It’s funny Hold On was the track I always listened to before going to bed for a while when we were making the record. It’s sometimes strange to me that it’s the opener but I think it really sets the tone for the rest of the album. 10/10 sleeping music.


I laughed out loud when I wrote that line “I prefer to be alone.” It came out so naturally. I’ve always been a person that needs “alone time.” I guess I just like to sift through my feelings by myself. Anyways, Salt is about balancing those two things; craving companionship while being a homebody for life.

Of The Age

Of The Age is about my age confusion in my teenage years and how I thought I was a 30 year old stuck in the body of a 13 year old. This record’s like a way more reticent version of 13 Going on 30…


I think we all have dark thoughts sometimes, like thoughts we’d never speak out loud. Accidents was one I had a few times when I really wanted to my mom’s ex-boyfriend to stop drinking. I wished that we’d all get into a car accident so maybe he’d realize it was time to finally get sober.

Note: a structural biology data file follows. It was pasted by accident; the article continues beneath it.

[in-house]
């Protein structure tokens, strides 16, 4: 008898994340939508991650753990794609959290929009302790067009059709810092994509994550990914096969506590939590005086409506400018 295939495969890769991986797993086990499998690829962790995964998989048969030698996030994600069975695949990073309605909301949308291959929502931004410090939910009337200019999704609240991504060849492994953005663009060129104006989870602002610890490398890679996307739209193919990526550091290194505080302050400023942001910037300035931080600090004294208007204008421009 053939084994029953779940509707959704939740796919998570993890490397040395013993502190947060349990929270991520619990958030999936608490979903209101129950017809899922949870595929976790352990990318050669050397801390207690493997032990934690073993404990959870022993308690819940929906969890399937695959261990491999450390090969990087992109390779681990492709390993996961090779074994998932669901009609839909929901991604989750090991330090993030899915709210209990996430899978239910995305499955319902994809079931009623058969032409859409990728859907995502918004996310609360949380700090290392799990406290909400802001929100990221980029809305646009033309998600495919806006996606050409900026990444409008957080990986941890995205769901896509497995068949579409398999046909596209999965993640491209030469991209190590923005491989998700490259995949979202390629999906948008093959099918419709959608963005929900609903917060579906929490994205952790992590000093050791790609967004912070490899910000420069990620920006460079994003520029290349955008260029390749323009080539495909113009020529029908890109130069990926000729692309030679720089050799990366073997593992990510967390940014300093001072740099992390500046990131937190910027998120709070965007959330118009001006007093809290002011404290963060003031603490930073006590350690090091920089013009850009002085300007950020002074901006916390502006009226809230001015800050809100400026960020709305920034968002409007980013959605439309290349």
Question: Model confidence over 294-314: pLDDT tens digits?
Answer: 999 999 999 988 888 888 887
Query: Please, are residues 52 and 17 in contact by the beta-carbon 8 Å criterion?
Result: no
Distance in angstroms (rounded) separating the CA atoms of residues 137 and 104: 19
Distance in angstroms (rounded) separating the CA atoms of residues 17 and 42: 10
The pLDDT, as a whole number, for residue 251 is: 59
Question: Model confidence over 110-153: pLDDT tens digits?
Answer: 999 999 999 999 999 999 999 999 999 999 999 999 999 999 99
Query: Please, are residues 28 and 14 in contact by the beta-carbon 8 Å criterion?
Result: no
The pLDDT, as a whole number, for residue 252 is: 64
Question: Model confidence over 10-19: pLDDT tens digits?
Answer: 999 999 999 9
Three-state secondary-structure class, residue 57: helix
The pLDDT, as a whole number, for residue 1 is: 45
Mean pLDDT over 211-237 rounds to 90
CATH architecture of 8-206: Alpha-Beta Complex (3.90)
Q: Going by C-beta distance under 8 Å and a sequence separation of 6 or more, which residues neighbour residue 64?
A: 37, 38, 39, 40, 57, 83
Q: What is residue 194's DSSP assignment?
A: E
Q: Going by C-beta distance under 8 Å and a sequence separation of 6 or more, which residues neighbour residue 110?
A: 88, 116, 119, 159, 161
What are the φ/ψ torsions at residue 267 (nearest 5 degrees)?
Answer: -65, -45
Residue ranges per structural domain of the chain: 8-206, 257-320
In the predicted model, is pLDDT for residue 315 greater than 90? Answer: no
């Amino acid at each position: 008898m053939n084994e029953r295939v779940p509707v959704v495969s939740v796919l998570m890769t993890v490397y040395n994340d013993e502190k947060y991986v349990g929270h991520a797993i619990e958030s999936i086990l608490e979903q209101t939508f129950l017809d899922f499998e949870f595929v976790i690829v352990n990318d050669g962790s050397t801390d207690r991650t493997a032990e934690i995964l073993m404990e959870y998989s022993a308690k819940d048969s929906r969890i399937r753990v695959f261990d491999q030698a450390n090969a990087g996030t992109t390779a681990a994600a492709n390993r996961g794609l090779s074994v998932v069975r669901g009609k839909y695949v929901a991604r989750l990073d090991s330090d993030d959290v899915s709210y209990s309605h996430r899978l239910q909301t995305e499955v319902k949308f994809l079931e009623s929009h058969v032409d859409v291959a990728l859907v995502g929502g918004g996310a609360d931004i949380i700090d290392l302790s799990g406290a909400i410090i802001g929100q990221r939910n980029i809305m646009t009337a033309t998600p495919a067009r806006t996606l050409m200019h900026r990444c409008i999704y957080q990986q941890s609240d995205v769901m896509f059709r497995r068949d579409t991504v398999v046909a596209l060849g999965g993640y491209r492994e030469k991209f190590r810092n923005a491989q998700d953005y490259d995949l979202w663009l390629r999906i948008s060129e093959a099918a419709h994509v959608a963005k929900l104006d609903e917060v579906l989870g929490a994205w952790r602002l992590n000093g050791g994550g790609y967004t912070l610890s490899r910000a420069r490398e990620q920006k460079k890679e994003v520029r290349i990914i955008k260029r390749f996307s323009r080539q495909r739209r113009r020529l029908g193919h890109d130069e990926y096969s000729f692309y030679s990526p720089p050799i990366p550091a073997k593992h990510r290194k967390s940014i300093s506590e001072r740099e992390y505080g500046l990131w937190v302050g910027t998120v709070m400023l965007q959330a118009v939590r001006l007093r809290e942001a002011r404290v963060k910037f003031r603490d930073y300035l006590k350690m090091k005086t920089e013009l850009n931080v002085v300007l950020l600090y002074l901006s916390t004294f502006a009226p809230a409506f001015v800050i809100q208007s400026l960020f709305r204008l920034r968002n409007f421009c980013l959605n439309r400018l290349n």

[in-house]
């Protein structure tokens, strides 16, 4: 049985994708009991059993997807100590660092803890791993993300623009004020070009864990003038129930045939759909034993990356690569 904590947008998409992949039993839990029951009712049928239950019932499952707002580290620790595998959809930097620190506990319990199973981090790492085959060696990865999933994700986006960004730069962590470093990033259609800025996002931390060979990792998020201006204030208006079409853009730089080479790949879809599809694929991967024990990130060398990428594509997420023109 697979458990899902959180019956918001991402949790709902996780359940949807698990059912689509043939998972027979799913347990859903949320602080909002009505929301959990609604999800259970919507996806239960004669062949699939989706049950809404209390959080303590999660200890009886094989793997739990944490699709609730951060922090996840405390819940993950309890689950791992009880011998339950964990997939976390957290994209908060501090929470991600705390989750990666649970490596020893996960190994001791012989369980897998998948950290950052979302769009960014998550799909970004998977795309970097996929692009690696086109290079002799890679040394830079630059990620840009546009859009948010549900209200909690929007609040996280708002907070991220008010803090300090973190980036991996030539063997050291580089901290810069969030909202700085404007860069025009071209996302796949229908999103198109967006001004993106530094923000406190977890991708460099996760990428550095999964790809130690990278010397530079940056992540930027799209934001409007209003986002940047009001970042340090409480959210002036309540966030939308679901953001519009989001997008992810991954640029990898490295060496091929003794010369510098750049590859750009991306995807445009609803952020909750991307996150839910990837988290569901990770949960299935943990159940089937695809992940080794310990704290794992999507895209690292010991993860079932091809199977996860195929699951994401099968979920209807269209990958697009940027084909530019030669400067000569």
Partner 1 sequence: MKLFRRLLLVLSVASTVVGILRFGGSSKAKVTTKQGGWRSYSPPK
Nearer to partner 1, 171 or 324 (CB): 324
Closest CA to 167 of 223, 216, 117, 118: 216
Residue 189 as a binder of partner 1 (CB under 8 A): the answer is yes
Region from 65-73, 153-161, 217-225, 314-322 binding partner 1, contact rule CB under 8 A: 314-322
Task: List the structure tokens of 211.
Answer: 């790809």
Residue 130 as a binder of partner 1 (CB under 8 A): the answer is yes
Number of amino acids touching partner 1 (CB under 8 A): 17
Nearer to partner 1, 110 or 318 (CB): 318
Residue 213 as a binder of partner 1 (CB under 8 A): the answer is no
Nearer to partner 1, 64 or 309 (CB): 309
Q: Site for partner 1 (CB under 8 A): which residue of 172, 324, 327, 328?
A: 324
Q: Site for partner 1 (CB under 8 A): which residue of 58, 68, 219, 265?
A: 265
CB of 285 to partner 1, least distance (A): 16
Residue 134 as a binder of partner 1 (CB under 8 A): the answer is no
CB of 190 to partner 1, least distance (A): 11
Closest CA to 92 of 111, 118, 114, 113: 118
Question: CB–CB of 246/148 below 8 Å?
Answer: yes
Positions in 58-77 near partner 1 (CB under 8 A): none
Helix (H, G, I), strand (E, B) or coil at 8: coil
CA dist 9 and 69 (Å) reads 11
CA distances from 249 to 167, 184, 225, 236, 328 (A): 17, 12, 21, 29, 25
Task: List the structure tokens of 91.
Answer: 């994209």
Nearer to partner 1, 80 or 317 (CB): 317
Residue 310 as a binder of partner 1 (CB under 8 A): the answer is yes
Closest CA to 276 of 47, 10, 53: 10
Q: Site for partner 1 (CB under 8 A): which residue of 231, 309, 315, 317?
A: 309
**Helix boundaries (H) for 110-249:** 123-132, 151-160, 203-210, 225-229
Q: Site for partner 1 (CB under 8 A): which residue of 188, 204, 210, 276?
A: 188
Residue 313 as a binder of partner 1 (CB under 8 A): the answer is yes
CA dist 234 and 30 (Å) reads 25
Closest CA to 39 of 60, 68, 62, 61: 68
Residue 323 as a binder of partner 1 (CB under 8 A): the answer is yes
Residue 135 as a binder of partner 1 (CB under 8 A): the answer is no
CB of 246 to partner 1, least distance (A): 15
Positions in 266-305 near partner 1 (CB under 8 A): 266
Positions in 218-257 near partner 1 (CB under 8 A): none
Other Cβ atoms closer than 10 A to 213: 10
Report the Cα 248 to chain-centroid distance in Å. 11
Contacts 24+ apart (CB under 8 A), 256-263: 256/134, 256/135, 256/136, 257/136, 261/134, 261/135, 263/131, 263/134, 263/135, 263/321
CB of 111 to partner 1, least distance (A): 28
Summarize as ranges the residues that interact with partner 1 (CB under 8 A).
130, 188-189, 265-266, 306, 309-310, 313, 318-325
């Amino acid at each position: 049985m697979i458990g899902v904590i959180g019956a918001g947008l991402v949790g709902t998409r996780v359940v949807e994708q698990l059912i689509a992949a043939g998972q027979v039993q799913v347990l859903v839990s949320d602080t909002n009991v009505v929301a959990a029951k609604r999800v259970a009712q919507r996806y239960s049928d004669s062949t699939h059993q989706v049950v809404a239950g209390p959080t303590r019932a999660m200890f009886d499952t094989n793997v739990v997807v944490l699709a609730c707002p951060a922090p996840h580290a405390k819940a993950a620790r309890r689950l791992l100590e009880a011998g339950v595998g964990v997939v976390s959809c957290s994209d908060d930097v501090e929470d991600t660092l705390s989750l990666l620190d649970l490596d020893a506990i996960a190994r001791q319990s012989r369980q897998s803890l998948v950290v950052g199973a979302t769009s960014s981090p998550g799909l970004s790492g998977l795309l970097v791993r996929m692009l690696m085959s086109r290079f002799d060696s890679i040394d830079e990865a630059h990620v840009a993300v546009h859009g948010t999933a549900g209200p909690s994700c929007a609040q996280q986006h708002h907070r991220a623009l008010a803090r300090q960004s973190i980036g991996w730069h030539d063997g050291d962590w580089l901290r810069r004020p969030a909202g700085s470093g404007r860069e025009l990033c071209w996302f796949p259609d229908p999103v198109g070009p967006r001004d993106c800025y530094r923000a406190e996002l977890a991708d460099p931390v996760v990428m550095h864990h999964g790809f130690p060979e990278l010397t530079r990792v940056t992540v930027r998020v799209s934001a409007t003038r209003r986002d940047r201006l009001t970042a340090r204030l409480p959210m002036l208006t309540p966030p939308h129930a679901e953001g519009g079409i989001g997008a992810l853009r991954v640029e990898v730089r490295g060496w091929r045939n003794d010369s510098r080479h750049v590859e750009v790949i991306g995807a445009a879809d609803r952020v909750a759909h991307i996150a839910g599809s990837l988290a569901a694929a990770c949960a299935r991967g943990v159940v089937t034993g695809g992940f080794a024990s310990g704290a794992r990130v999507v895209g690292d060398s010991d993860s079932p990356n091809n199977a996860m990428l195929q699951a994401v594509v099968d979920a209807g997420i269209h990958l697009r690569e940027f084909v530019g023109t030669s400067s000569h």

Resentment, or anger I guess, is a really weird feeling for me. I’ve never been a person that screams into pillows or punches doors. I tend to keep everything inside until it boils over and then I have a really hard time forgiving. Killer was my metaphorical plate breaking moment on the album.


Can’t help but think about Thomas Bartlett every time I hear this track. He wrote the piano for this and it still makes me smile. He put so much heart into it in like *two* takes. Meanwhile I’m on take two-hundred trying to remember what I’m recording.


There’s really two sides to Craving for me. The one that’s low-light, subdued, sensual. Then there’s the soft, vulnerable, scared one on the other side. Depending on how you say it, it can mean two very different things and sometimes we need both to hear both. I wanted to put them both in the same song.


I remember this was the first song I made for the album. I remember it scared me so much when I heard Rosie’s final vocals. I think I didn’t realize until I heard them how much the song meant to me. It touched a nerve almost. It’s the first true and some-what accurate story I’d ever written about my childhood.


Still hard to listen to this one to be honest. It’s the only song I wrote in Scotland. I remember Jaime and I recorded it one afternoon and I really didn’t listen to it after that for months. There’s still a lot of pain there.


I don’t keep a dream journal, but if I did this is what it would sound like, but like way more fucked up actually.

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:: stream/purchase Violence in a Quiet Mind here ::

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Violence in a Quiet Mind - Haux